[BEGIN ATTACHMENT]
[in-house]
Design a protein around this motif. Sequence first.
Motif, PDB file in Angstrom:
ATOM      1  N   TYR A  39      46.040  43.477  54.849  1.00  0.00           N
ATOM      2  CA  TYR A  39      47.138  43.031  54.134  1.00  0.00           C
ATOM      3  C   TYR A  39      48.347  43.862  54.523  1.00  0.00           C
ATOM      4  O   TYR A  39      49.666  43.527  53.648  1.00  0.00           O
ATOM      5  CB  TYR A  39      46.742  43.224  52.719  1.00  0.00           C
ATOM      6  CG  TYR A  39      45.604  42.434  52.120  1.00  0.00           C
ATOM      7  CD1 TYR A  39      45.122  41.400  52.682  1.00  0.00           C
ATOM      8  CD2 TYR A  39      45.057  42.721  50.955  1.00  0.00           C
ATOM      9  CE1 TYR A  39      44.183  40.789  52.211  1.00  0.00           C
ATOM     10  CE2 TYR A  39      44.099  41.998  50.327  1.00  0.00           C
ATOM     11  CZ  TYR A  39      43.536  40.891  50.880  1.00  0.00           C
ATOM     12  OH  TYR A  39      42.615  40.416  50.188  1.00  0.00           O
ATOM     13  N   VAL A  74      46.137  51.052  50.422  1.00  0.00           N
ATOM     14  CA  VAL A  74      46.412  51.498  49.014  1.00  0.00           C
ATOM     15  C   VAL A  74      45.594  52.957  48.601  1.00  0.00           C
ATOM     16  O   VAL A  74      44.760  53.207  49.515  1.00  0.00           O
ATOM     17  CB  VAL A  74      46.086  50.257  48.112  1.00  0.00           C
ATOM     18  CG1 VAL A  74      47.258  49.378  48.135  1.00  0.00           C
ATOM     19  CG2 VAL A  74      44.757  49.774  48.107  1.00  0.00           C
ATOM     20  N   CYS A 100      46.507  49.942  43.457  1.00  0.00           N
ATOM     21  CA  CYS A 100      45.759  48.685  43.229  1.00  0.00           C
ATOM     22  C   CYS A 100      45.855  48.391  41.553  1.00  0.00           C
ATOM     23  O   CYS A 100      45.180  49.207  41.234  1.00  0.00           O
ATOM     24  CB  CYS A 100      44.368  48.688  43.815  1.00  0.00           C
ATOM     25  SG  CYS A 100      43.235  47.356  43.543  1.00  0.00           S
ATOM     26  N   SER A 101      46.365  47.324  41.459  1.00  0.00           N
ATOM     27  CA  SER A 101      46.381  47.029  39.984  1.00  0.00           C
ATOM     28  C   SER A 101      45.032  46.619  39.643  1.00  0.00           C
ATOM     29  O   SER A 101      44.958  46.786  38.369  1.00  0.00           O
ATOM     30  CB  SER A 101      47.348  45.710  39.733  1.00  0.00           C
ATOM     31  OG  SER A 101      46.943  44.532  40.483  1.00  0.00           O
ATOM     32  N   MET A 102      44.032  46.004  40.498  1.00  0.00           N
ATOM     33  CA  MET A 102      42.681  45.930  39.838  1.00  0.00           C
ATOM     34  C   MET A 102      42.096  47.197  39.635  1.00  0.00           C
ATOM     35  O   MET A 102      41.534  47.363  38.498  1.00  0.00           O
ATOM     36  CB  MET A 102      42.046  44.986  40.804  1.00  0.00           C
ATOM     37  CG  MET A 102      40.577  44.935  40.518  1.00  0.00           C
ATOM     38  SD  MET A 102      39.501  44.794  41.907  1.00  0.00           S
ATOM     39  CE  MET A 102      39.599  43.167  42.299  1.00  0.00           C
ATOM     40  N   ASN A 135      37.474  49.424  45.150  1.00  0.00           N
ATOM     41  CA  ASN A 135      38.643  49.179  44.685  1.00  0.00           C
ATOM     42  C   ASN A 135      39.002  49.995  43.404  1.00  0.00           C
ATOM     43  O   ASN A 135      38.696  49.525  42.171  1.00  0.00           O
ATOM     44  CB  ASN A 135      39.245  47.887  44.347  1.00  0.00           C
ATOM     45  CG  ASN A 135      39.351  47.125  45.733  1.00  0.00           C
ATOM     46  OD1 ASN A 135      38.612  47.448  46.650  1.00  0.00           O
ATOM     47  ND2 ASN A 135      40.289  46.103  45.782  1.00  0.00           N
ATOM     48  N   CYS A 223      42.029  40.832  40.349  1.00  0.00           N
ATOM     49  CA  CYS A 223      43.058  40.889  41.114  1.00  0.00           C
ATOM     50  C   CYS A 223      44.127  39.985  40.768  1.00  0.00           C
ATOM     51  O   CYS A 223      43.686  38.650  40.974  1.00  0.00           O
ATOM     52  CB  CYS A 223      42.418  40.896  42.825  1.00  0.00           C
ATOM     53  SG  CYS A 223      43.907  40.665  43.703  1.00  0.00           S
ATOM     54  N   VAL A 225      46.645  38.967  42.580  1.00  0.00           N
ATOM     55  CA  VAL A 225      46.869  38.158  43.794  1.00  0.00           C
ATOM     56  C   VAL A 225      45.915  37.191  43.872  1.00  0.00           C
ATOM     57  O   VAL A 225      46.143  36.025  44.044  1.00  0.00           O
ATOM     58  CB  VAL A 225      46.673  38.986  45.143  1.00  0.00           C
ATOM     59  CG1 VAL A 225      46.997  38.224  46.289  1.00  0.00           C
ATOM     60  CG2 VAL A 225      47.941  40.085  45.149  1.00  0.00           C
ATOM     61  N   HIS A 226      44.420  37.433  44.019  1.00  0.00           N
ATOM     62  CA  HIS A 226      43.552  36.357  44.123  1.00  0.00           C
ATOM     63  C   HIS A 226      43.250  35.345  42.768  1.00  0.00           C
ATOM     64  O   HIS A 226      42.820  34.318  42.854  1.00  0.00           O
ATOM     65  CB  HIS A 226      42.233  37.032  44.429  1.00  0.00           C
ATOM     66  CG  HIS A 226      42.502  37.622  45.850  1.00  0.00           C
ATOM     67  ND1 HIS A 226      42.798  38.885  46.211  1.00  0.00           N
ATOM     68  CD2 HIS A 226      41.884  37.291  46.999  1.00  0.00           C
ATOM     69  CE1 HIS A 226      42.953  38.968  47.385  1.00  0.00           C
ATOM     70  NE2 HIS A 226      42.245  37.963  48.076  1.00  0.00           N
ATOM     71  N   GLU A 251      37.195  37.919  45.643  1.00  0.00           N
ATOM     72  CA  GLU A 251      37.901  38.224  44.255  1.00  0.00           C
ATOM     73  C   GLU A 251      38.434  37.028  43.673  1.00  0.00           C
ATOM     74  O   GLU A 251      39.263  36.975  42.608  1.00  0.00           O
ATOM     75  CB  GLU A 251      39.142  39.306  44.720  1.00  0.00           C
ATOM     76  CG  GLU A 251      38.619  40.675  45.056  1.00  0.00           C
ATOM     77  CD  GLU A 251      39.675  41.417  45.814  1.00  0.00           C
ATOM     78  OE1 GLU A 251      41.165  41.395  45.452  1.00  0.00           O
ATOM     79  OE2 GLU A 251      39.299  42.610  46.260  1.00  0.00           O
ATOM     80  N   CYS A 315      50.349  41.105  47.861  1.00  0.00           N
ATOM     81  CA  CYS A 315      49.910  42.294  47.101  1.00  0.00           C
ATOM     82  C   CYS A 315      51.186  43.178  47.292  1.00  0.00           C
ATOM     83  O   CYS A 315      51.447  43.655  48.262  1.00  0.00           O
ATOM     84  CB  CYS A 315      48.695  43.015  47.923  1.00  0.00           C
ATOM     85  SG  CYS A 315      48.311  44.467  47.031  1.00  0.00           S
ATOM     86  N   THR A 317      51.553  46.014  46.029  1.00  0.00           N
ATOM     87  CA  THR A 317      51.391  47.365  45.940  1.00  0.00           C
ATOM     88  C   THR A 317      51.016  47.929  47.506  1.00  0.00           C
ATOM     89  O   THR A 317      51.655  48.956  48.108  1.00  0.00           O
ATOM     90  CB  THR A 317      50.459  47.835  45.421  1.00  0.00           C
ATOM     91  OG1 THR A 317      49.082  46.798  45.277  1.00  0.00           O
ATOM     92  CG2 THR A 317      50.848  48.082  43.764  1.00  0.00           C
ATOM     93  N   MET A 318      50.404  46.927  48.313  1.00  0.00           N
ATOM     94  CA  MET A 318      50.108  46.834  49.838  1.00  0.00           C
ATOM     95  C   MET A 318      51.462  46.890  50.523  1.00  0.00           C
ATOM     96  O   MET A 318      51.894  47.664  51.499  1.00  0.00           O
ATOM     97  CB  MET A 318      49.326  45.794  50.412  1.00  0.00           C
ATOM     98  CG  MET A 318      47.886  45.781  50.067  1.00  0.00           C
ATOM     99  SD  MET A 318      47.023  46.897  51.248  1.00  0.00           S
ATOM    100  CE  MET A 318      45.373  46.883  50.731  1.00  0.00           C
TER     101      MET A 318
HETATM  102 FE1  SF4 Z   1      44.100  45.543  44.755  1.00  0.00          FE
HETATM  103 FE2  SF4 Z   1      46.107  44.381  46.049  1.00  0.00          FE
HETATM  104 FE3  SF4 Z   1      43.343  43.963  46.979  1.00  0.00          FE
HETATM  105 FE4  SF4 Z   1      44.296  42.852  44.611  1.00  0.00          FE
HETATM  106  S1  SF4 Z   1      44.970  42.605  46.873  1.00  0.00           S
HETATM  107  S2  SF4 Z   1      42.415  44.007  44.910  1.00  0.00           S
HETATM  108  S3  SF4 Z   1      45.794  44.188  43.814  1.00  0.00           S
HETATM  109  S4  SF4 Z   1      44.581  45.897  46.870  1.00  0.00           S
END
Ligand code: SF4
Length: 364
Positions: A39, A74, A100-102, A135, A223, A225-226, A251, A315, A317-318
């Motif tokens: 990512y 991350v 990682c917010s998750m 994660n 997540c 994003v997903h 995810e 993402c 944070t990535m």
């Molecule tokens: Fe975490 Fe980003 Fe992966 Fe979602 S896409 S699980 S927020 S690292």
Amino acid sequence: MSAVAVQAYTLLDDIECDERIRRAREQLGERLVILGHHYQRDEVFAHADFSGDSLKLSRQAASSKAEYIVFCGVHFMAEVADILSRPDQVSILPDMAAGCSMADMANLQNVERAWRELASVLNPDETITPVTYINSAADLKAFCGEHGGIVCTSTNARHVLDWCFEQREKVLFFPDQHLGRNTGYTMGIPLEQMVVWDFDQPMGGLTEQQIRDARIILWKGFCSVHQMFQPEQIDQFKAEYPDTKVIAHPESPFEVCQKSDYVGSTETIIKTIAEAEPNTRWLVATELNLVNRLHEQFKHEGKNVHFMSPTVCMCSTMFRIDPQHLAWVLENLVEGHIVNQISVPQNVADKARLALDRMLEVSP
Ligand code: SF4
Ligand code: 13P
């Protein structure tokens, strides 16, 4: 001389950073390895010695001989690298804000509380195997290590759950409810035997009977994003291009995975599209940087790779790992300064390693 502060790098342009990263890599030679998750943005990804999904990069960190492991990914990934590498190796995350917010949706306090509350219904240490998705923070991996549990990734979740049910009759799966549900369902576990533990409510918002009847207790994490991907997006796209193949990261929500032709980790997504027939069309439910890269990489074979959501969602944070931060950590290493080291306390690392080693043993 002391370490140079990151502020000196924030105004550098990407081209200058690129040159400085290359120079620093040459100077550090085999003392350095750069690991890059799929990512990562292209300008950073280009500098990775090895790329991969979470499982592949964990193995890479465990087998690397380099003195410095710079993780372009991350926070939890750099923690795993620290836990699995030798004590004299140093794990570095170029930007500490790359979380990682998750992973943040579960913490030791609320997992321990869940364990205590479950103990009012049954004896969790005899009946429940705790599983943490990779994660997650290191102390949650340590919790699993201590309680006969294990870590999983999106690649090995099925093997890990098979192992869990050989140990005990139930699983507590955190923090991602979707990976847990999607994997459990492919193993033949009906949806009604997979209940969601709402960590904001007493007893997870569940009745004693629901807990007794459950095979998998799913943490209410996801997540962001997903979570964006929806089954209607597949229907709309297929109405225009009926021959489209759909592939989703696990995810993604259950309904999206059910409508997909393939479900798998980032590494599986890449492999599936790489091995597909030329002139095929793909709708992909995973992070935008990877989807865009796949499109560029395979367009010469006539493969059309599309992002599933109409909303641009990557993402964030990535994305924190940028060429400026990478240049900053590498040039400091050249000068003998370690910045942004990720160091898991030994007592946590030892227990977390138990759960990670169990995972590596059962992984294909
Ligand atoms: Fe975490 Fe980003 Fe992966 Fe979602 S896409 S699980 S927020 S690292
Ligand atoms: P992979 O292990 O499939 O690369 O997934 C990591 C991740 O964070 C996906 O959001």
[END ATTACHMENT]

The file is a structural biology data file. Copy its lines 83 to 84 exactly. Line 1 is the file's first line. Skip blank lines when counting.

ATOM     80  N   CYS A 315      50.349  41.105  47.861  1.00  0.00           N
ATOM     81  CA  CYS A 315      49.910  42.294  47.101  1.00  0.00           C